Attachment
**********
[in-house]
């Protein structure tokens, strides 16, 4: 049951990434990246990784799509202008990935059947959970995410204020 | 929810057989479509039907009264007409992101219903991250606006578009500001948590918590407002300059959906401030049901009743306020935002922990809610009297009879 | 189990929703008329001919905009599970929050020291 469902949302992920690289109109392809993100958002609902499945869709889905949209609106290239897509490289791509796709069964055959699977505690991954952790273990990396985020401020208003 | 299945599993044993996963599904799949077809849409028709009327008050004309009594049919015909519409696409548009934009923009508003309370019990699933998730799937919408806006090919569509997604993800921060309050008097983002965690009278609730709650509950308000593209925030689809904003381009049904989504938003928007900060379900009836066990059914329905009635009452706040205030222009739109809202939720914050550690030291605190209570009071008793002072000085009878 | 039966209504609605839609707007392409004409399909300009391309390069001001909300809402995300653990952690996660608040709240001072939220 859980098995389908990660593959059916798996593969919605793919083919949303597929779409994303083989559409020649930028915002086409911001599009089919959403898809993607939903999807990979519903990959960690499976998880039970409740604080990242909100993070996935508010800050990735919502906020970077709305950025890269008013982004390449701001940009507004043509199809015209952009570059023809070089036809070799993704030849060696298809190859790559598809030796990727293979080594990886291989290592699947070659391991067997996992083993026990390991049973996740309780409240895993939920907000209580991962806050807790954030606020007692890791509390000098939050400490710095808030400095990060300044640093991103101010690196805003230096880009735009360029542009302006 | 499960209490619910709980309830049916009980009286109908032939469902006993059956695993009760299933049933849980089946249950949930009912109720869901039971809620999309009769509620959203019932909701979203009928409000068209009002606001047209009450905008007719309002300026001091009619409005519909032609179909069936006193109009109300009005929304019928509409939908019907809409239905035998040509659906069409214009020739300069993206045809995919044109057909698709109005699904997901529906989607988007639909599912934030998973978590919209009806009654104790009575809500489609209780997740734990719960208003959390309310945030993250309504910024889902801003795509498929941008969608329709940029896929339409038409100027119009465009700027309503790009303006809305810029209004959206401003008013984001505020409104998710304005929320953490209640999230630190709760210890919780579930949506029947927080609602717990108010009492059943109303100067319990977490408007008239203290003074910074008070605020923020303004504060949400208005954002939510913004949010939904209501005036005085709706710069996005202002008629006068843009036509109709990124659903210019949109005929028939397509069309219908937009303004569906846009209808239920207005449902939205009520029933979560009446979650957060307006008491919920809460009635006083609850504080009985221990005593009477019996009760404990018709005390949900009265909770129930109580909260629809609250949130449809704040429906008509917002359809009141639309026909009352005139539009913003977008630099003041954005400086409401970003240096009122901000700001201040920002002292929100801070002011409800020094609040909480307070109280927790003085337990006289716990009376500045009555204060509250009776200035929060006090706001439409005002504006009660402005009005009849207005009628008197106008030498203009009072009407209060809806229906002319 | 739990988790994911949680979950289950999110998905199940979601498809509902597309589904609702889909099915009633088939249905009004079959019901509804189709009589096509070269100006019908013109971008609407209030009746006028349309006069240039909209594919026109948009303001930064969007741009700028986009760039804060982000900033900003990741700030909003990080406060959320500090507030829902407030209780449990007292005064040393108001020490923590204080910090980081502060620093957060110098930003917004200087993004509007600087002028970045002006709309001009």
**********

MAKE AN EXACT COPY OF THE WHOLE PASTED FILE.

[in-house]
């Protein structure tokens, strides 16, 4: 049951990434990246990784799509202008990935059947959970995410204020 | 929810057989479509039907009264007409992101219903991250606006578009500001948590918590407002300059959906401030049901009743306020935002922990809610009297009879 | 189990929703008329001919905009599970929050020291 469902949302992920690289109109392809993100958002609902499945869709889905949209609106290239897509490289791509796709069964055959699977505690991954952790273990990396985020401020208003 | 299945599993044993996963599904799949077809849409028709009327008050004309009594049919015909519409696409548009934009923009508003309370019990699933998730799937919408806006090919569509997604993800921060309050008097983002965690009278609730709650509950308000593209925030689809904003381009049904989504938003928007900060379900009836066990059914329905009635009452706040205030222009739109809202939720914050550690030291605190209570009071008793002072000085009878 | 039966209504609605839609707007392409004409399909300009391309390069001001909300809402995300653990952690996660608040709240001072939220 859980098995389908990660593959059916798996593969919605793919083919949303597929779409994303083989559409020649930028915002086409911001599009089919959403898809993607939903999807990979519903990959960690499976998880039970409740604080990242909100993070996935508010800050990735919502906020970077709305950025890269008013982004390449701001940009507004043509199809015209952009570059023809070089036809070799993704030849060696298809190859790559598809030796990727293979080594990886291989290592699947070659391991067997996992083993026990390991049973996740309780409240895993939920907000209580991962806050807790954030606020007692890791509390000098939050400490710095808030400095990060300044640093991103101010690196805003230096880009735009360029542009302006 | 499960209490619910709980309830049916009980009286109908032939469902006993059956695993009760299933049933849980089946249950949930009912109720869901039971809620999309009769509620959203019932909701979203009928409000068209009002606001047209009450905008007719309002300026001091009619409005519909032609179909069936006193109009109300009005929304019928509409939908019907809409239905035998040509659906069409214009020739300069993206045809995919044109057909698709109005699904997901529906989607988007639909599912934030998973978590919209009806009654104790009575809500489609209780997740734990719960208003959390309310945030993250309504910024889902801003795509498929941008969608329709940029896929339409038409100027119009465009700027309503790009303006809305810029209004959206401003008013984001505020409104998710304005929320953490209640999230630190709760210890919780579930949506029947927080609602717990108010009492059943109303100067319990977490408007008239203290003074910074008070605020923020303004504060949400208005954002939510913004949010939904209501005036005085709706710069996005202002008629006068843009036509109709990124659903210019949109005929028939397509069309219908937009303004569906846009209808239920207005449902939205009520029933979560009446979650957060307006008491919920809460009635006083609850504080009985221990005593009477019996009760404990018709005390949900009265909770129930109580909260629809609250949130449809704040429906008509917002359809009141639309026909009352005139539009913003977008630099003041954005400086409401970003240096009122901000700001201040920002002292929100801070002011409800020094609040909480307070109280927790003085337990006289716990009376500045009555204060509250009776200035929060006090706001439409005002504006009660402005009005009849207005009628008197106008030498203009009072009407209060809806229906002319 | 739990988790994911949680979950289950999110998905199940979601498809509902597309589904609702889909099915009633088939249905009004079959019901509804189709009589096509070269100006019908013109971008609407209030009746006028349309006069240039909209594919026109948009303001930064969007741009700028986009760039804060982000900033900003990741700030909003990080406060959320500090507030829902407030209780449990007292005064040393108001020490923590204080910090980081502060620093957060110098930003917004200087993004509007600087002028970045002006709309001009």